In this quick tip you can learn how to encode your videos in Mac OSX Mountain Lion right from the Finder. It is as simple as: “Right-click on the video you want to convert, then go to “Services” and select “Encode Selected Video Files.

Understanding H.265EOSHD has a nice article on CINEC 2.7, from Cinemartin which allows you to convert files into the H.265 format. At the moment Cinec is only on Windows.

H.265 standard is the biggest codec of the decade. It supersedes today’s most common codec for encoding and internet delivery of video (H.264) and makes 4K recording to SD cards possible on DSLRs. Cinemartin say in their tests a ProRes 4:4:4 video of 590MB was converted to H.265 HEVC with CINEC 2.7 to an output video of 4.9MB with little or no noticeable differences in image quality.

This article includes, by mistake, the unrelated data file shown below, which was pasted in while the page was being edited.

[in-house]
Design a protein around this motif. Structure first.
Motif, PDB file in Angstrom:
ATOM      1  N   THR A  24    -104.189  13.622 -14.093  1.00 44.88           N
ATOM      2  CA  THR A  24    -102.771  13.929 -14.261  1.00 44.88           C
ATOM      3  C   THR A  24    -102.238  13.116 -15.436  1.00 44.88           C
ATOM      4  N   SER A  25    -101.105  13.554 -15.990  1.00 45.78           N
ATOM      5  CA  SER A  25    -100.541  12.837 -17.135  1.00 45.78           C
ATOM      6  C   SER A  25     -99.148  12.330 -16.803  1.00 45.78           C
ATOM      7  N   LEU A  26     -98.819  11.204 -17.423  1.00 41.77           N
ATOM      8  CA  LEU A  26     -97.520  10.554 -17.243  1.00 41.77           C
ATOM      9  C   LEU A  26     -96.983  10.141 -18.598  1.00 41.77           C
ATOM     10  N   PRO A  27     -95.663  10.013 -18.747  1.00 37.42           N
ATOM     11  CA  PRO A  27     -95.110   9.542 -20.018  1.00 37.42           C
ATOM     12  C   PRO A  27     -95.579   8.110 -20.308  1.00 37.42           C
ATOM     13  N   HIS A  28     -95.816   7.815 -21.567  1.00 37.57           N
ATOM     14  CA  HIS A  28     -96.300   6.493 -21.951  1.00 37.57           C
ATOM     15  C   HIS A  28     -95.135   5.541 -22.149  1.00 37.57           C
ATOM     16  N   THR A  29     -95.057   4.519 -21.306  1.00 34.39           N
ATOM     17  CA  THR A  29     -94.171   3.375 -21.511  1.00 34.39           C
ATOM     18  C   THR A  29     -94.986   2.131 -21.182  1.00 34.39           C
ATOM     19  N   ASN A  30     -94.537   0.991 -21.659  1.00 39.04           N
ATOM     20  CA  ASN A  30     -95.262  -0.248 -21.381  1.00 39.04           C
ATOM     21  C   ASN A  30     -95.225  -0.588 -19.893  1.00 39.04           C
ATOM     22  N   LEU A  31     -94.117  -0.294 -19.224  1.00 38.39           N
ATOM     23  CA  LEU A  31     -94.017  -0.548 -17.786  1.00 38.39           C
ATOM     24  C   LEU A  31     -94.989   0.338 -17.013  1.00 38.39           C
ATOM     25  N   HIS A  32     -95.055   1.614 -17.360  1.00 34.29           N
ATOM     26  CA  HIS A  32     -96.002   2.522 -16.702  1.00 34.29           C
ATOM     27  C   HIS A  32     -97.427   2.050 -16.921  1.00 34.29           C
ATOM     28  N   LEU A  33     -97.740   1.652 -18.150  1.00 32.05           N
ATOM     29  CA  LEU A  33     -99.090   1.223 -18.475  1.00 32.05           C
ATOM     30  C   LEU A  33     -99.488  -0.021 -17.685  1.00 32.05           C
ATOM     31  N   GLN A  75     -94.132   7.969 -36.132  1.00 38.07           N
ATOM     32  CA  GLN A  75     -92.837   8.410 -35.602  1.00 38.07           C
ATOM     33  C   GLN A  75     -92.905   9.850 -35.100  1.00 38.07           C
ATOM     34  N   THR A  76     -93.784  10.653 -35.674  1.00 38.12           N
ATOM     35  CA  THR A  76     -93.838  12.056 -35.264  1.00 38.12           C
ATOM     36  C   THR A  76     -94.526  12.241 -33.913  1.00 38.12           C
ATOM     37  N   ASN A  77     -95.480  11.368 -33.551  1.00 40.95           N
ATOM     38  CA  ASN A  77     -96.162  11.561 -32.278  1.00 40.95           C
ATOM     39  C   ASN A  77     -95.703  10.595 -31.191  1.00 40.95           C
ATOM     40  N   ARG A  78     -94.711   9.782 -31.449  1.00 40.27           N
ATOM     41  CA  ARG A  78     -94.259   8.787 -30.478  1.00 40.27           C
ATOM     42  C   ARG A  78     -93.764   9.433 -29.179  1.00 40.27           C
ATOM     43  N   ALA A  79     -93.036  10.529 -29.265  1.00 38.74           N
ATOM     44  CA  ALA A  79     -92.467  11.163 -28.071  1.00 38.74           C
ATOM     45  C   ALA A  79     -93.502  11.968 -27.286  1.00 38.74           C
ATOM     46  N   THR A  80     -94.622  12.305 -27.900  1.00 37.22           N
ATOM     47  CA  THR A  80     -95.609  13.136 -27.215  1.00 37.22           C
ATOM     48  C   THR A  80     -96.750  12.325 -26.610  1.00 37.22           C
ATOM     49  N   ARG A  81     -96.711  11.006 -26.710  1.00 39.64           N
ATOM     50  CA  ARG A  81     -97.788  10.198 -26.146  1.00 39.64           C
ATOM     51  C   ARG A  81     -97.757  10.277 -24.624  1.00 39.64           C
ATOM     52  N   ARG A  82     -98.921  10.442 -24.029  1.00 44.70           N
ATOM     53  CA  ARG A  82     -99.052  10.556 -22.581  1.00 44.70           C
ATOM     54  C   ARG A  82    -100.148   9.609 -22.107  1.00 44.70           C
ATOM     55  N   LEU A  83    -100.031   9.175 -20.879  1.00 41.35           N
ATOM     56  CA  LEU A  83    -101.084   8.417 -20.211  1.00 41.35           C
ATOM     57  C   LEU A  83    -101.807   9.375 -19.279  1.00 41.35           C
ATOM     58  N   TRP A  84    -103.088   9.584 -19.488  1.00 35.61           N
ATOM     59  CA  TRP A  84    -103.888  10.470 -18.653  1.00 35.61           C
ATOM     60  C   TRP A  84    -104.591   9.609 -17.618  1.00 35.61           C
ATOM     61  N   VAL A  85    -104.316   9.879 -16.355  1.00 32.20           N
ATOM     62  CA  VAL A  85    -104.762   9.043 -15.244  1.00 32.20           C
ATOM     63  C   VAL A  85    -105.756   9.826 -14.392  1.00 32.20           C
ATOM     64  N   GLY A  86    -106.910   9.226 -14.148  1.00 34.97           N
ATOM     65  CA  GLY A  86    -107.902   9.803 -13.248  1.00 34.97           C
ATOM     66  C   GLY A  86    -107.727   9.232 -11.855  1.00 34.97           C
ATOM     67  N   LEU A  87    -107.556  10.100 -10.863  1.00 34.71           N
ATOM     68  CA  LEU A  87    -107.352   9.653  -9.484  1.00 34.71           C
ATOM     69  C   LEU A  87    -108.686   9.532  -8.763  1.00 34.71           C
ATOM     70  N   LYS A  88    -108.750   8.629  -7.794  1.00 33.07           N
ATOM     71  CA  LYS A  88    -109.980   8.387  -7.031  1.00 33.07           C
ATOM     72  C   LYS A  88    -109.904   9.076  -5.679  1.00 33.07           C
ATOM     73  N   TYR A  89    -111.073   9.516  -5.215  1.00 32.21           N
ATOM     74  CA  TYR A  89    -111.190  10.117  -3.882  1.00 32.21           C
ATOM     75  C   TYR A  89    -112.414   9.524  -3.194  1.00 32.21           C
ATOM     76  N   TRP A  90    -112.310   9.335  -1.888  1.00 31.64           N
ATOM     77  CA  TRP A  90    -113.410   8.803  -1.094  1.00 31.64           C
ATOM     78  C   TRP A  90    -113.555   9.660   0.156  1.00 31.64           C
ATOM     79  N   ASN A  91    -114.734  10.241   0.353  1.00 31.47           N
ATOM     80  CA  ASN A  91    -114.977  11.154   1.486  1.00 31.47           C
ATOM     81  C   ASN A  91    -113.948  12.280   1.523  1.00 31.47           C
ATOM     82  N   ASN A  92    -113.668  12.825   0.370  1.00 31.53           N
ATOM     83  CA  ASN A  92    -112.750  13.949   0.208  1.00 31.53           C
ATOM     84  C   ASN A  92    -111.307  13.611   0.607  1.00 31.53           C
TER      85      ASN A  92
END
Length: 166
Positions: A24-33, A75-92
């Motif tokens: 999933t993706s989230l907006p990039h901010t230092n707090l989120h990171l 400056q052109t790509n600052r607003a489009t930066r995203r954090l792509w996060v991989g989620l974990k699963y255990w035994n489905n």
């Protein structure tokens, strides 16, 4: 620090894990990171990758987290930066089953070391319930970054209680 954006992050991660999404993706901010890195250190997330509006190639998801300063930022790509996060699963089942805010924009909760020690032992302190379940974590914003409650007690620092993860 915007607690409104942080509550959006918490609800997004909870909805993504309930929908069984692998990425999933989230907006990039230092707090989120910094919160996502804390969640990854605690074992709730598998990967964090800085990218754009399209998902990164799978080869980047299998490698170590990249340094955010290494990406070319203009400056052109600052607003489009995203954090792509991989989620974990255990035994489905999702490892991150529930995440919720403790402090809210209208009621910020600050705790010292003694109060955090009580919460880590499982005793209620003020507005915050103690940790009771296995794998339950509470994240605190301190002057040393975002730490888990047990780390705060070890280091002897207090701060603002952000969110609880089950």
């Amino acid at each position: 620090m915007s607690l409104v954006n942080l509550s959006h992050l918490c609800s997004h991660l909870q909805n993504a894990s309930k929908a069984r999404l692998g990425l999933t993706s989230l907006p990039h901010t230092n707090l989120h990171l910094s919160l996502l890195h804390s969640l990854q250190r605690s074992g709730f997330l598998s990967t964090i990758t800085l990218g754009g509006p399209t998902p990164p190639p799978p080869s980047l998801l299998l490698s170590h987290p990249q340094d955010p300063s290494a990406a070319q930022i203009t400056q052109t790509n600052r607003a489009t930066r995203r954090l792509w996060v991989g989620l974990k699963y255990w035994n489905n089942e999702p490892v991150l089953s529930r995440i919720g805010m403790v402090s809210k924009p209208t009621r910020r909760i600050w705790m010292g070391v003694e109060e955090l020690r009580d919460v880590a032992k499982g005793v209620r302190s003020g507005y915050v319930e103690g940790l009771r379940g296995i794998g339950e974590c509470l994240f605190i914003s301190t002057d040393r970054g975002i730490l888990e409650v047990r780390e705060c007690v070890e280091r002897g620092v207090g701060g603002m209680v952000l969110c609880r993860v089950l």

Click through to the EOSHD site for full size screenshots to compare the images for yourself as well as plenty more technical details.

Understanding the basics of Compression

Larry Jordan share’s this useful introduction to the basics of compression in this snippet from one of his PowerUp! webinars.  In another article Larry talks about compressing for WebM and HTML5. If this is something you need to do, check out Larry’s tips.